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Journaling: A Tool for the Intentional Life

by Susan Wittig Albert

In the frantic, media-driven society in which most of us live, we are constantly bombarded with the implicit message that we must yield to every momentary impulse: go here, do this, buy that. In such an environment, living the intentional life is a challenge, and we need all the help we can get to meet it For me, meditation is one valuable aid; journaling is another.

I have been keeping a journal since I was a graduate student at Berkeley in the late 1960s, and I am continually amazed by the life changes my journals have recorded. Many of these changes were a matter of chance-random things that happened to me that altered the course of a day, a year, even longer. I met a woman who introduced me to sailing, which became my passion for five or six years (an expensive passion!). I received a job offer in Texas and moved to a city and state I would never have considered, if I'd been doing the choosing. Someone took me to a party; I met a man there, married him, and adopted his life style, which was substantially different from my own. As I look back over the journals from these years, I realize that most of these momentous, life-changing events were really accidents. I was living an opportunistic life, taking advantage of what came along. I was going with the flow.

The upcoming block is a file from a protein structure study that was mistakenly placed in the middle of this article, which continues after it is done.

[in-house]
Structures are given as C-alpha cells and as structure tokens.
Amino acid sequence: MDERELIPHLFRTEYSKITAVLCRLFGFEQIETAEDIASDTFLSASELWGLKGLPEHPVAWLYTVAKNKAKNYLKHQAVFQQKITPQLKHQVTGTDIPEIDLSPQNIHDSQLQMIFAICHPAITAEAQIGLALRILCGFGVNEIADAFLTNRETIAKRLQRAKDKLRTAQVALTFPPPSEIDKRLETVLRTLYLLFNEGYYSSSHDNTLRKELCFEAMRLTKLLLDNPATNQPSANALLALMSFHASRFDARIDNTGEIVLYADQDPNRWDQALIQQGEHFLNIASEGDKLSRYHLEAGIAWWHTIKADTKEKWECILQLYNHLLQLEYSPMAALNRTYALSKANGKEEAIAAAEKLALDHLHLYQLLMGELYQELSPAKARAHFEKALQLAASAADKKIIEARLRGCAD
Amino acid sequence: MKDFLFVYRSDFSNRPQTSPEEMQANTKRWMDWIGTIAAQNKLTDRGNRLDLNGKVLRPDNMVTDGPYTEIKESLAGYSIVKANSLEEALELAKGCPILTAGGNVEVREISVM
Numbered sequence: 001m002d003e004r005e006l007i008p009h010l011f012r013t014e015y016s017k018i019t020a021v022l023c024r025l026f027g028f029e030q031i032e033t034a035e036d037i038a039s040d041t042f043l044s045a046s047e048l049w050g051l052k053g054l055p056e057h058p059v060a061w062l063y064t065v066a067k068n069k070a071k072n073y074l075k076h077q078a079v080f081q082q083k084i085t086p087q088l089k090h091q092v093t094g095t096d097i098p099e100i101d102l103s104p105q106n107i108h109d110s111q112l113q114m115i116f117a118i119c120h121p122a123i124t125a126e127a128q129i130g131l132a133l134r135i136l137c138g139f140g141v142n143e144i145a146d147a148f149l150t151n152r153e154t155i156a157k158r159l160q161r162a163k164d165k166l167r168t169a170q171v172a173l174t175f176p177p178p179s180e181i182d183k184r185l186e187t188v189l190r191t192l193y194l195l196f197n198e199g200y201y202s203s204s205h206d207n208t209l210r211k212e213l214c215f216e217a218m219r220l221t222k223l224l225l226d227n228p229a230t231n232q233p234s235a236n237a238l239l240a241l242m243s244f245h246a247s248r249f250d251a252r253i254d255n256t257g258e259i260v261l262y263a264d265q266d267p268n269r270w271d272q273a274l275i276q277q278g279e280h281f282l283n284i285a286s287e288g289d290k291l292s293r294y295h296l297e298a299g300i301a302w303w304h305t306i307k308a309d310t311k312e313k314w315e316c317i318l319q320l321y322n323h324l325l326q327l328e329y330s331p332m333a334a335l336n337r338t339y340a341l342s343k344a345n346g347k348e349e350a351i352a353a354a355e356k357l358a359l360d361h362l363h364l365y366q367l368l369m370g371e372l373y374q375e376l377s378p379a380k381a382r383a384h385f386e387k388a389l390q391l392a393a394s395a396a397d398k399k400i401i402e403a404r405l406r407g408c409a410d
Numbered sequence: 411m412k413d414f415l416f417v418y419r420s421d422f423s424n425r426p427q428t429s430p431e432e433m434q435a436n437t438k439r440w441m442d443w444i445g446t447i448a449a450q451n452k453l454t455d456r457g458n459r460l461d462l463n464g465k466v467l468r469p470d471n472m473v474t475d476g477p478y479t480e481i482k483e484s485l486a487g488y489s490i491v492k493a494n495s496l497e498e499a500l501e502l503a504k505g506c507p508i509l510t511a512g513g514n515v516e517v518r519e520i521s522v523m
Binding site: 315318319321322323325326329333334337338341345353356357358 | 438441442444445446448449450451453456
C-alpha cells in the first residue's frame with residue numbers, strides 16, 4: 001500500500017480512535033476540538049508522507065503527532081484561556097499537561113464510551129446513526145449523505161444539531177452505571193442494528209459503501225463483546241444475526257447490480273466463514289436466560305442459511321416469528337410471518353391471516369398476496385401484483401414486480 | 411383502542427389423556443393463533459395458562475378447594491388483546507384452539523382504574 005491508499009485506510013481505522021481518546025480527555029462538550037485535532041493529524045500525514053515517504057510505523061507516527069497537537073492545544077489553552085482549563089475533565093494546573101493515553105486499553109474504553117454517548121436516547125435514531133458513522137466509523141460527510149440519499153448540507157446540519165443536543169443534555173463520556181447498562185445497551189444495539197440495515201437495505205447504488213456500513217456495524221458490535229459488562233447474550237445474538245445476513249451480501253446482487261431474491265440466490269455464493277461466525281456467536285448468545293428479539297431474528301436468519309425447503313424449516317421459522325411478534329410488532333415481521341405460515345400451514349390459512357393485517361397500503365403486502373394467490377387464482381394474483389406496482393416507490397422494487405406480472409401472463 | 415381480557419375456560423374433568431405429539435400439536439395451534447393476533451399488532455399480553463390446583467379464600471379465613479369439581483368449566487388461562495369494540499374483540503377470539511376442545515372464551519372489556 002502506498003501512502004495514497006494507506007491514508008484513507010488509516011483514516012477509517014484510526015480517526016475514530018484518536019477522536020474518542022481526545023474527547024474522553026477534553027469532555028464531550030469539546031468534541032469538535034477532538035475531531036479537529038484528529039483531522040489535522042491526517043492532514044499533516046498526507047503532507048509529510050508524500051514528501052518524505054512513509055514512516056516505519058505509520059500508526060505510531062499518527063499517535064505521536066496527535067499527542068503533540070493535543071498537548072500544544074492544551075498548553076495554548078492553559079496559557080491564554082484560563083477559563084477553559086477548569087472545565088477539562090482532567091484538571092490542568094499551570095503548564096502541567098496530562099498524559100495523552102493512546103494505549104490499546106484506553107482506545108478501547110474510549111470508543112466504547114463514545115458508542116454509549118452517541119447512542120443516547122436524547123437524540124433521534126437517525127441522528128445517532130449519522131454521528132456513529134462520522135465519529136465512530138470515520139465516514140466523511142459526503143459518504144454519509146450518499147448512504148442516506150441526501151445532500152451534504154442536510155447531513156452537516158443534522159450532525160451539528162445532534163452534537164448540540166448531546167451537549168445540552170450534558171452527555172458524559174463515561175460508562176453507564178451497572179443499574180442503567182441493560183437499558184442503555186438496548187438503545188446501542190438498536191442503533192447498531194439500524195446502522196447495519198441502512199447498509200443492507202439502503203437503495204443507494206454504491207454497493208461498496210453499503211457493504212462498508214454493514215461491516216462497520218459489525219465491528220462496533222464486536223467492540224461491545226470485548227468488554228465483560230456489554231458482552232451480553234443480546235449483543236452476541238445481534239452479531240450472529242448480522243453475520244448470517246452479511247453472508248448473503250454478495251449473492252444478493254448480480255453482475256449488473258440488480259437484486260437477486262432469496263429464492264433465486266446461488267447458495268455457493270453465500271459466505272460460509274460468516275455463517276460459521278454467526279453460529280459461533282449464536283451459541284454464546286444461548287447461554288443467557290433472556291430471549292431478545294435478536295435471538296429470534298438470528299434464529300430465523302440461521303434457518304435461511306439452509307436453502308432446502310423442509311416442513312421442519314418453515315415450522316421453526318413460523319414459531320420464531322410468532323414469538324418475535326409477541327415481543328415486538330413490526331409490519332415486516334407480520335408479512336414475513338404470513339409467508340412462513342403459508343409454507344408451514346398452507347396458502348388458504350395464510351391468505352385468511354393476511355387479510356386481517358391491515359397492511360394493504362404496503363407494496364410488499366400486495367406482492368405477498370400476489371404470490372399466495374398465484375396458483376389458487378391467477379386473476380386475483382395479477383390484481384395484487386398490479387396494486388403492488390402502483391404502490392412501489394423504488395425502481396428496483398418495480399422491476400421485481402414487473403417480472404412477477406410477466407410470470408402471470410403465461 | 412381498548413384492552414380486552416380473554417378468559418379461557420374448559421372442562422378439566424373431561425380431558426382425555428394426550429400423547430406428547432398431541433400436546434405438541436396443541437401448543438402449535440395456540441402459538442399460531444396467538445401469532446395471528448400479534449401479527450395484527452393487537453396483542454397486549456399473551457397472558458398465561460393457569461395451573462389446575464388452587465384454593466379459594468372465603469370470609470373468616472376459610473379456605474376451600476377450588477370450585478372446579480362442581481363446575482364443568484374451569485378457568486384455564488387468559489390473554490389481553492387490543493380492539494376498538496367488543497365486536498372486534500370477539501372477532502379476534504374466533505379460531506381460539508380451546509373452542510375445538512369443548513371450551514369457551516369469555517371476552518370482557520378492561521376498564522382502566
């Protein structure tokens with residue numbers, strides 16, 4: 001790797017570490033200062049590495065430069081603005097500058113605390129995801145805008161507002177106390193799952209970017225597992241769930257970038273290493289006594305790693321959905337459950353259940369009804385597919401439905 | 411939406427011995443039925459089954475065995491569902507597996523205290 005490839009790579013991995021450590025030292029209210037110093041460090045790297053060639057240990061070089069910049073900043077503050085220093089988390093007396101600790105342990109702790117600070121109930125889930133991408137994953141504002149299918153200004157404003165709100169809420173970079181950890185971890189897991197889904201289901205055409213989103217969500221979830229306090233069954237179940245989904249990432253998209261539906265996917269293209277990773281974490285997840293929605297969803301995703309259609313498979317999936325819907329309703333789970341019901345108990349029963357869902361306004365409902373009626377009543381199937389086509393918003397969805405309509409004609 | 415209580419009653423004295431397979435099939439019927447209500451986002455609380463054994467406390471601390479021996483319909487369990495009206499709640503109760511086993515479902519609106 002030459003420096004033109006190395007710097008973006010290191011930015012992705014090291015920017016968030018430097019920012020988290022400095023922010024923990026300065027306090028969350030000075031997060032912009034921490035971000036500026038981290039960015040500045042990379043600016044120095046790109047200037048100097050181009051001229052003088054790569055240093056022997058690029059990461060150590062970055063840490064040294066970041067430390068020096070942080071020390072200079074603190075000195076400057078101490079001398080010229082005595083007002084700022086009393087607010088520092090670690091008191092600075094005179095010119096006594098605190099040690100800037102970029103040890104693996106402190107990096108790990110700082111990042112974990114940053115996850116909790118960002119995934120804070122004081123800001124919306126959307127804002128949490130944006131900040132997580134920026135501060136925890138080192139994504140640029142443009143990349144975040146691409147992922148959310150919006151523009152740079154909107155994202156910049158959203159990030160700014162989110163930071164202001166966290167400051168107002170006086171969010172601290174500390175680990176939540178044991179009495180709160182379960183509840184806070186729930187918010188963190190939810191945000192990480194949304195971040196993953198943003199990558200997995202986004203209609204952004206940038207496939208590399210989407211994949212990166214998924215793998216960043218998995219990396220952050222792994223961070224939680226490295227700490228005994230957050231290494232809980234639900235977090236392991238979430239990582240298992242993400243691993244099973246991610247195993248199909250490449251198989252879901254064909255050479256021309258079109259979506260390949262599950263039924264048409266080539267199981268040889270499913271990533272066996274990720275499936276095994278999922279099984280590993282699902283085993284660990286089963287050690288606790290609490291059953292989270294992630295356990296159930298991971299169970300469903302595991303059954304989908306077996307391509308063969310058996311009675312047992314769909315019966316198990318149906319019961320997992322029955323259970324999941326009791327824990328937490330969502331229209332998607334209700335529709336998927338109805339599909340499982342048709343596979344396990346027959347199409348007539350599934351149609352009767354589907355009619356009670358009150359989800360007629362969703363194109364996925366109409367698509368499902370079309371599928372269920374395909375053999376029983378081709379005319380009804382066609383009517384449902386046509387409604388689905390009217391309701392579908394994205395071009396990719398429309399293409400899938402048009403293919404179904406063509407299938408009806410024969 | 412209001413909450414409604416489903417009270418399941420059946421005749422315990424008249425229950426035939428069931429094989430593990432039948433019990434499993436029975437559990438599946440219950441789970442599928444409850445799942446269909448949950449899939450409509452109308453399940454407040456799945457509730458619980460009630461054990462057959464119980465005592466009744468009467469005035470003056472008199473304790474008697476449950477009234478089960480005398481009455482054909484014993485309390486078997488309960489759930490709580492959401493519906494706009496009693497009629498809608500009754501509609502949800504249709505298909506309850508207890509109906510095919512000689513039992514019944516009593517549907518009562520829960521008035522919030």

But as the years moved along and I became more focussed on living an intentional life, my journal began to record many more life-changes that were a matter of choice-things I decided to do, directions I wanted to grow. My journal reminds me that I divorced my husband because I needed "to be my own woman, choose my own direction." I left my academic career in 1985 (according to my journal), because I wanted "to free myself to learn new lessons, to free myself from the past." I began to write full-time (my journal says), because I wanted "to get out of the career culture, to work at home, to use my writing skills to make a living." I read in my journal that I began to practice meditation because "I need to learn how to be quiet, to focus." Each of these choices, of course, led to new life paths, new things to learn, new ways to choose. My journal record makes that clear.